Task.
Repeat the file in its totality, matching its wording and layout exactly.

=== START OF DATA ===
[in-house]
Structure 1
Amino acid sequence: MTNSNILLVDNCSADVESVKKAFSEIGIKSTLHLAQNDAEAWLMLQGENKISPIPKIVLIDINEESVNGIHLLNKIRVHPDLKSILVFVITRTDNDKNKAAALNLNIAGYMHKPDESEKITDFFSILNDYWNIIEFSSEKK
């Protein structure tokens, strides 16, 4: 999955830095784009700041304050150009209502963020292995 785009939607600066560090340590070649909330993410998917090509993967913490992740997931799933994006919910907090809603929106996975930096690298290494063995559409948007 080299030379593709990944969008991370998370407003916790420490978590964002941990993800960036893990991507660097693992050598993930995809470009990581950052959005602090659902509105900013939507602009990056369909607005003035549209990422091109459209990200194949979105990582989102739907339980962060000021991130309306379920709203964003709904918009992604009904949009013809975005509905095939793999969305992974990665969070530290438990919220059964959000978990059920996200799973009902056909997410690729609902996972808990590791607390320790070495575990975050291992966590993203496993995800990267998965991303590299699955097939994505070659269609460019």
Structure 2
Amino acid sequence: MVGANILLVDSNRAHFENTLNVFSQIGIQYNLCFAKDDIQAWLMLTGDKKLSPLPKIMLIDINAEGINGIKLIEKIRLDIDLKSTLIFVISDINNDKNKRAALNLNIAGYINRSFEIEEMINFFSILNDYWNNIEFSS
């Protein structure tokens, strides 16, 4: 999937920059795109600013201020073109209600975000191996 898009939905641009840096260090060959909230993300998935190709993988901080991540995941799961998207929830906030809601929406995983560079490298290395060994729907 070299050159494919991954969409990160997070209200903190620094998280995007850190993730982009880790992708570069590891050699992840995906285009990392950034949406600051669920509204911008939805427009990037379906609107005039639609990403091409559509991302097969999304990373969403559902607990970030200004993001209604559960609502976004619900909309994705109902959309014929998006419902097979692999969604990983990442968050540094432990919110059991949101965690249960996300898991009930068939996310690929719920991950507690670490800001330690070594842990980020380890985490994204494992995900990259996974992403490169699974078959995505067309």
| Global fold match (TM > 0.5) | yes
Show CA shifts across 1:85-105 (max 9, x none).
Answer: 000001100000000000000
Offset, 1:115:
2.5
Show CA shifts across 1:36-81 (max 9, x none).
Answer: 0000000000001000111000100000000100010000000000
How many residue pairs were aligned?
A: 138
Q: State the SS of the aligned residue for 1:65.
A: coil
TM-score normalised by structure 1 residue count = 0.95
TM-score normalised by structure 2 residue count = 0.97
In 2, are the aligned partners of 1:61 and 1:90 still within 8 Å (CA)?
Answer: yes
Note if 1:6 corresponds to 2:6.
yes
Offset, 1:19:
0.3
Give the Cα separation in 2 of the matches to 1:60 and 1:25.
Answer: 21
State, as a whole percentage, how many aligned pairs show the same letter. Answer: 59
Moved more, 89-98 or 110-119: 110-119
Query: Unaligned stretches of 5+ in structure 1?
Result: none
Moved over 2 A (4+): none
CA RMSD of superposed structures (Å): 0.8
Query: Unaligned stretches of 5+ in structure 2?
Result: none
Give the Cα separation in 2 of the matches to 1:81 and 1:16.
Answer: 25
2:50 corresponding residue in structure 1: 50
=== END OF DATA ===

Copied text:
[in-house]
Structure 1
Amino acid sequence: MTNSNILLVDNCSADVESVKKAFSEIGIKSTLHLAQNDAEAWLMLQGENKISPIPKIVLIDINEESVNGIHLLNKIRVHPDLKSILVFVITRTDNDKNKAAALNLNIAGYMHKPDESEKITDFFSILNDYWNIIEFSSEKK
């Protein structure tokens, strides 16, 4: 999955830095784009700041304050150009209502963020292995 785009939607600066560090340590070649909330993410998917090509993967913490992740997931799933994006919910907090809603929106996975930096690298290494063995559409948007 080299030379593709990944969008991370998370407003916790420490978590964002941990993800960036893990991507660097693992050598993930995809470009990581950052959005602090659902509105900013939507602009990056369909607005003035549209990422091109459209990200194949979105990582989102739907339980962060000021991130309306379920709203964003709904918009992604009904949009013809975005509905095939793999969305992974990665969070530290438990919220059964959000978990059920996200799973009902056909997410690729609902996972808990590791607390320790070495575990975050291992966590993203496993995800990267998965991303590299699955097939994505070659269609460019």
Structure 2
Amino acid sequence: MVGANILLVDSNRAHFENTLNVFSQIGIQYNLCFAKDDIQAWLMLTGDKKLSPLPKIMLIDINAEGINGIKLIEKIRLDIDLKSTLIFVISDINNDKNKRAALNLNIAGYINRSFEIEEMINFFSILNDYWNNIEFSS
């Protein structure tokens, strides 16, 4: 999937920059795109600013201020073109209600975000191996 898009939905641009840096260090060959909230993300998935190709993988901080991540995941799961998207929830906030809601929406995983560079490298290395060994729907 070299050159494919991954969409990160997070209200903190620094998280995007850190993730982009880790992708570069590891050699992840995906285009990392950034949406600051669920509204911008939805427009990037379906609107005039639609990403091409559509991302097969999304990373969403559902607990970030200004993001209604559960609502976004619900909309994705109902959309014929998006419902097979692999969604990983990442968050540094432990919110059991949101965690249960996300898991009930068939996310690929719920991950507690670490800001330690070594842990980020380890985490994204494992995900990259996974992403490169699974078959995505067309």
| Global fold match (TM > 0.5) | yes
Show CA shifts across 1:85-105 (max 9, x none).
Answer: 000001100000000000000
Offset, 1:115:
2.5
Show CA shifts across 1:36-81 (max 9, x none).
Answer: 0000000000001000111000100000000100010000000000
How many residue pairs were aligned?
A: 138
Q: State the SS of the aligned residue for 1:65.
A: coil
TM-score normalised by structure 1 residue count = 0.95
TM-score normalised by structure 2 residue count = 0.97
In 2, are the aligned partners of 1:61 and 1:90 still within 8 Å (CA)?
Answer: yes
Note if 1:6 corresponds to 2:6.
yes
Offset, 1:19:
0.3
Give the Cα separation in 2 of the matches to 1:60 and 1:25.
Answer: 21
State, as a whole percentage, how many aligned pairs show the same letter. Answer: 59
Moved more, 89-98 or 110-119: 110-119
Query: Unaligned stretches of 5+ in structure 1?
Result: none
Moved over 2 A (4+): none
CA RMSD of superposed structures (Å): 0.8
Query: Unaligned stretches of 5+ in structure 2?
Result: none
Give the Cα separation in 2 of the matches to 1:81 and 1:16.
Answer: 25
2:50 corresponding residue in structure 1: 50